When the teacher passed out a book to each child, my heart began to race and I touched it carefully. The class was instructed that we were not even to look at more than the few pages we were going over in class, like about three pages. At the end of the lesson I had the hang of it. You’ve probably guessed what I did. I read the entire book there and then. When the teacher gave me that look of sorrow I knew why. It wasn’t that I didn’t know what I was supposed to do, I did, but the temptation was too great. Let me just say that there were circumstances to deal with following that incident, but I never forgot that temptation could be stronger than knowledge, and that something more was needed to survive the attack when it came. Of course, I couldn’t have expressed that idea then, but the knowledge was there.
There is another ending to that story. We moved to Lubbock after that year in school and I was very much aware of the difference of opinion in this new school in regard to my ‘speed reading’ than how it had been in the prior school. I was praised and held as an example. While I didn’t like being in the spotlight, I was aware of a warm feeling inside that came from having someone appreciate what I had accomplished. The final result of learning to read so quickly was that when the school year ended instead of passing me to third grade I was promoted to fourth. For awhile I felt I had been cheated out of grade three, but I got over it.
There were many other changes in our lives. Jobs were still difficult to find and the pay would seldom support a family of our size. My mother went back to school while we were at Lubbock and again in Abilene. We actually moved to Abilene so all of us kids could go to college. Mom and Dad figured that living in Abilene and not having to pay for room and board would enable us to get a college education. Unfortunately, World War II was a factor in their decisions and they went instead into the war effort work force. Mom graduated from ACU the same year I graduated from high school, and I enrolled the next fall. After a year and a half my parents and I were advised that I should stop either my job or school as my heart was not able to do both. Now that decision was easy, because I was paying my tuition. Mom grieved because she had gone back to school wanting to be able to help, but she was a little late, and I was a little too soon so I stopped at mid-term of my second year.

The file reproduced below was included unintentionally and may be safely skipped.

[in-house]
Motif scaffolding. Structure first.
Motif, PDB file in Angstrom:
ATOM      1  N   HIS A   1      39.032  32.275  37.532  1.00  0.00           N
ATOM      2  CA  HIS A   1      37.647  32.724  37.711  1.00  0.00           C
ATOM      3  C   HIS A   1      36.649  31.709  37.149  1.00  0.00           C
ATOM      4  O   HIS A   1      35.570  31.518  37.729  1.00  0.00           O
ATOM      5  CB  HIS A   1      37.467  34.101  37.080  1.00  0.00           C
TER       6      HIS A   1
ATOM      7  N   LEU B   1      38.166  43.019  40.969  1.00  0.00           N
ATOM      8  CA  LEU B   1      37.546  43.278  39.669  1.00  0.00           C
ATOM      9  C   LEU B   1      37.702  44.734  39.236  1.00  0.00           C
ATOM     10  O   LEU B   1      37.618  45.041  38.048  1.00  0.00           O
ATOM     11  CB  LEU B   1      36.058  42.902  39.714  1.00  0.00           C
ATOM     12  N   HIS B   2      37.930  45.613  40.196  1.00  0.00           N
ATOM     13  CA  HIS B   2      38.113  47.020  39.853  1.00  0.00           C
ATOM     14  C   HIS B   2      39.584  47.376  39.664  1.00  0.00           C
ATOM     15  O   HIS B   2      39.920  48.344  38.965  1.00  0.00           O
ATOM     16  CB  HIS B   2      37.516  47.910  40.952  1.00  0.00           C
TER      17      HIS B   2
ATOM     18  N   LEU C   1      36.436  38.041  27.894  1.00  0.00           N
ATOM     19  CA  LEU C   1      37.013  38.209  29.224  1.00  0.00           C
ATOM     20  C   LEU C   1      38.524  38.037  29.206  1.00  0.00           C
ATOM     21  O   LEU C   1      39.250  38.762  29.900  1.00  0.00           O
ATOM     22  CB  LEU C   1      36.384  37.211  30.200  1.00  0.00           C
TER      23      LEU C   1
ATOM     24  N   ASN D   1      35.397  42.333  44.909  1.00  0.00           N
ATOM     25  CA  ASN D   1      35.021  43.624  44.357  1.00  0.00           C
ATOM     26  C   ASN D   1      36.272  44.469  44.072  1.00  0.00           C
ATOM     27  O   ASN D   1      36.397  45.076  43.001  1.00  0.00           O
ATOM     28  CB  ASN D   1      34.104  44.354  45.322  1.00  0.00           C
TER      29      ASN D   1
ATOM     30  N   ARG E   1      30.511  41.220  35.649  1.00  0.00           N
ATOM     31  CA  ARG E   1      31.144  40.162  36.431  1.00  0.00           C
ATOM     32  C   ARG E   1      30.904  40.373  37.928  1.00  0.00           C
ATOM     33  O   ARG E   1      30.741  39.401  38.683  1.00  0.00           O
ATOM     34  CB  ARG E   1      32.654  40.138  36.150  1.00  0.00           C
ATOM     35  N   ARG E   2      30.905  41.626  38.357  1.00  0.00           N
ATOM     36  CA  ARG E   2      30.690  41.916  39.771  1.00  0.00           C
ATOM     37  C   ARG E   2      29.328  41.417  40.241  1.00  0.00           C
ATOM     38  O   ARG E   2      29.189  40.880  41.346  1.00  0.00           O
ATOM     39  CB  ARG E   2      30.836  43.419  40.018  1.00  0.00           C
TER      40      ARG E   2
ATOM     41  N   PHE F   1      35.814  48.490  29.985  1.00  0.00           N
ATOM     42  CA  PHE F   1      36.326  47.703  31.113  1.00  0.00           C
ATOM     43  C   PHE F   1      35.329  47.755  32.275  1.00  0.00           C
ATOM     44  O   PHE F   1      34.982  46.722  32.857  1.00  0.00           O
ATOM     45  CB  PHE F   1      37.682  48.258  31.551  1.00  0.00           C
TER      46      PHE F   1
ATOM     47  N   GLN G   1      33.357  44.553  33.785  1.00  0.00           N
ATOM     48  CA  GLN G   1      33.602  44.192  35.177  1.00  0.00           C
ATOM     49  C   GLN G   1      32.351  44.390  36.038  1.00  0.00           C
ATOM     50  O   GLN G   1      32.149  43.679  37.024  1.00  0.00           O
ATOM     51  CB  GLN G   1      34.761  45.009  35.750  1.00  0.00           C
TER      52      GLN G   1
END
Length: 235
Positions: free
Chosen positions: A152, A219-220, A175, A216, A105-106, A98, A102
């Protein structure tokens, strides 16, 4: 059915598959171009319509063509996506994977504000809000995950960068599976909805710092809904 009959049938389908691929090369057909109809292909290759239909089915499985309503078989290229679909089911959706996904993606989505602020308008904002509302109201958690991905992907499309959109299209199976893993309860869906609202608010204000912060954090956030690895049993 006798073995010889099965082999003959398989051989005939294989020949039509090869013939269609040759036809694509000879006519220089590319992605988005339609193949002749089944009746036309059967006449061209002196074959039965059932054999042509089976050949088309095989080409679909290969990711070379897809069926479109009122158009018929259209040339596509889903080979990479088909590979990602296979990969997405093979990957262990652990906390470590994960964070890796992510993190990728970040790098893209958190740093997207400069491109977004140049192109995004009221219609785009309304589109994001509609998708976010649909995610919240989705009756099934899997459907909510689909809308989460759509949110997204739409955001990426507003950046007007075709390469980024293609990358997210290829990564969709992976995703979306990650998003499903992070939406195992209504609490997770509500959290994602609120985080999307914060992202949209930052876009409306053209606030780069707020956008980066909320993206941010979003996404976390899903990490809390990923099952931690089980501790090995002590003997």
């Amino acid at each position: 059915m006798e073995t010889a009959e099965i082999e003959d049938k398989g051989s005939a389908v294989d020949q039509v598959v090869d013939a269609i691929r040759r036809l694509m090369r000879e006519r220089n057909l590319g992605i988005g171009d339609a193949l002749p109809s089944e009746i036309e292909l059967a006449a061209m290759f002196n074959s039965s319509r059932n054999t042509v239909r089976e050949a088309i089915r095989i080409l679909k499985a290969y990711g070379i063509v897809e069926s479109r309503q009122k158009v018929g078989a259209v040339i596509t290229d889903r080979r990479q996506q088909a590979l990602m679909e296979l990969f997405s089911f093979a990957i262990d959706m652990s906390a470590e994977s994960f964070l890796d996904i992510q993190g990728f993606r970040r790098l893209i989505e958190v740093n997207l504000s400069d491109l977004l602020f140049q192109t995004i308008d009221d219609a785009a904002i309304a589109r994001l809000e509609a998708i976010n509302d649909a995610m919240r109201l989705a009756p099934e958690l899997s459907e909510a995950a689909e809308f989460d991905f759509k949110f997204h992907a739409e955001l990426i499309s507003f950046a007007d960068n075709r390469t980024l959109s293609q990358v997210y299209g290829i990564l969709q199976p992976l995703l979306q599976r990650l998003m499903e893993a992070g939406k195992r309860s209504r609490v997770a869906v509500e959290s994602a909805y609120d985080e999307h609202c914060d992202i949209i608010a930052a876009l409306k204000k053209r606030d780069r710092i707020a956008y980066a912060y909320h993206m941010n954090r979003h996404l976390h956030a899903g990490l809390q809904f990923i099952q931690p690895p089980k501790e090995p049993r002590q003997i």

As the years moved on my heart was erratic but didn’t get worse until several years later. Eventually there were medications that helped and I have had a good life with my husband of sixty years and my five beautiful daughters and their families. I was even able to pick up some more hours in that education I wanted so badly. I went back to ACU and took as many hours as I could based on what else I had to do. Later, I took courses at Colorado College and at The University of Colorado at Colorado Springs and many years later when my husband was transferred to Casper, WY I applied for and was accepted in a two year nursing program. My hunger for learning is still with me, so I researched and wrote a book which was published in October. I have another written but have not yet arranged for the publisher. There is a statement in one of the poems I wrote as lyrics in a song that states how I feel about doing nothing. I want to stay busy until I die. The line goes “use me until I’m gone dear Lord, don’t let me static lie, for I would do this one more thing, before you take me home on high.” (From Good-by Marie Hunter Atwood)